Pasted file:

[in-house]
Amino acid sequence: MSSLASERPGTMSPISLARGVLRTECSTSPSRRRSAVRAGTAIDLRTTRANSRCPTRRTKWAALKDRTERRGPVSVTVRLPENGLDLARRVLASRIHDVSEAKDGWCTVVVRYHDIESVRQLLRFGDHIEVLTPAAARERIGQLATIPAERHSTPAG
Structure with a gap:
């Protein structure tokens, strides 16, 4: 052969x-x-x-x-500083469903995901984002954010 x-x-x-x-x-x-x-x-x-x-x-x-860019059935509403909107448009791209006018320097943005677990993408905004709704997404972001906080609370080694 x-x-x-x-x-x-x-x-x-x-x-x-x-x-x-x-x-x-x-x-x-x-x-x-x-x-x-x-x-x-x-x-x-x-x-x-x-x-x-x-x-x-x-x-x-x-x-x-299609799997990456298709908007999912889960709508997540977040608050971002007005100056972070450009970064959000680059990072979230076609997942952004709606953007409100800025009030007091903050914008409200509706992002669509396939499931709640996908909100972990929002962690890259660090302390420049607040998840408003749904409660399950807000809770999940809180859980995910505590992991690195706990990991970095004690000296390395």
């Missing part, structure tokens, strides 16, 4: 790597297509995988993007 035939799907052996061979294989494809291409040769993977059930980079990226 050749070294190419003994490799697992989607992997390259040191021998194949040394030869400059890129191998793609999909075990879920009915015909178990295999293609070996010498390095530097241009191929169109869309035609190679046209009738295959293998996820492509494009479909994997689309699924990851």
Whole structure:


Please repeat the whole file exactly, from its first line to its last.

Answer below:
[in-house]
Amino acid sequence: MSSLASERPGTMSPISLARGVLRTECSTSPSRRRSAVRAGTAIDLRTTRANSRCPTRRTKWAALKDRTERRGPVSVTVRLPENGLDLARRVLASRIHDVSEAKDGWCTVVVRYHDIESVRQLLRFGDHIEVLTPAAARERIGQLATIPAERHSTPAG
Structure with a gap:
């Protein structure tokens, strides 16, 4: 052969x-x-x-x-500083469903995901984002954010 x-x-x-x-x-x-x-x-x-x-x-x-860019059935509403909107448009791209006018320097943005677990993408905004709704997404972001906080609370080694 x-x-x-x-x-x-x-x-x-x-x-x-x-x-x-x-x-x-x-x-x-x-x-x-x-x-x-x-x-x-x-x-x-x-x-x-x-x-x-x-x-x-x-x-x-x-x-x-299609799997990456298709908007999912889960709508997540977040608050971002007005100056972070450009970064959000680059990072979230076609997942952004709606953007409100800025009030007091903050914008409200509706992002669509396939499931709640996908909100972990929002962690890259660090302390420049607040998840408003749904409660399950807000809770999940809180859980995910505590992991690195706990990991970095004690000296390395």
């Missing part, structure tokens, strides 16, 4: 790597297509995988993007 035939799907052996061979294989494809291409040769993977059930980079990226 050749070294190419003994490799697992989607992997390259040191021998194949040394030869400059890129191998793609999909075990879920009915015909178990295999293609070996010498390095530097241009191929169109869309035609190679046209009738295959293998996820492509494009479909994997689309699924990851």
Whole structure: